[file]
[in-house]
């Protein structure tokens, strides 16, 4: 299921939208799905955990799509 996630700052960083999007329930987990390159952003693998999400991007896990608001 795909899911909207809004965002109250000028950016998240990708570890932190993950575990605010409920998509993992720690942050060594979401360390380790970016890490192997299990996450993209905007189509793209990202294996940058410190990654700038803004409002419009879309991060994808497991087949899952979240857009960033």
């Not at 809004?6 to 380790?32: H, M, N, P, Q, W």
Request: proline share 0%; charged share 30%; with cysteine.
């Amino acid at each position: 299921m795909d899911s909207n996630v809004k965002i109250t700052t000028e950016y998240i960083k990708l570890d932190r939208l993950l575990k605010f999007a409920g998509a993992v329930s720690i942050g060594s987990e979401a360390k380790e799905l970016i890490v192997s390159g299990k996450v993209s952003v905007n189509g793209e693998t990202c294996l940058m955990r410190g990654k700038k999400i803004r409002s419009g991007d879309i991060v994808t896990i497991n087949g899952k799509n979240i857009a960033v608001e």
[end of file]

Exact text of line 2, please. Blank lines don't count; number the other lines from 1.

């Protein structure tokens, strides 16, 4: 299921939208799905955990799509 996630700052960083999007329930987990390159952003693998999400991007896990608001 795909899911909207809004965002109250000028950016998240990708570890932190993950575990605010409920998509993992720690942050060594979401360390380790970016890490192997299990996450993209905007189509793209990202294996940058410190990654700038803004409002419009879309991060994808497991087949899952979240857009960033």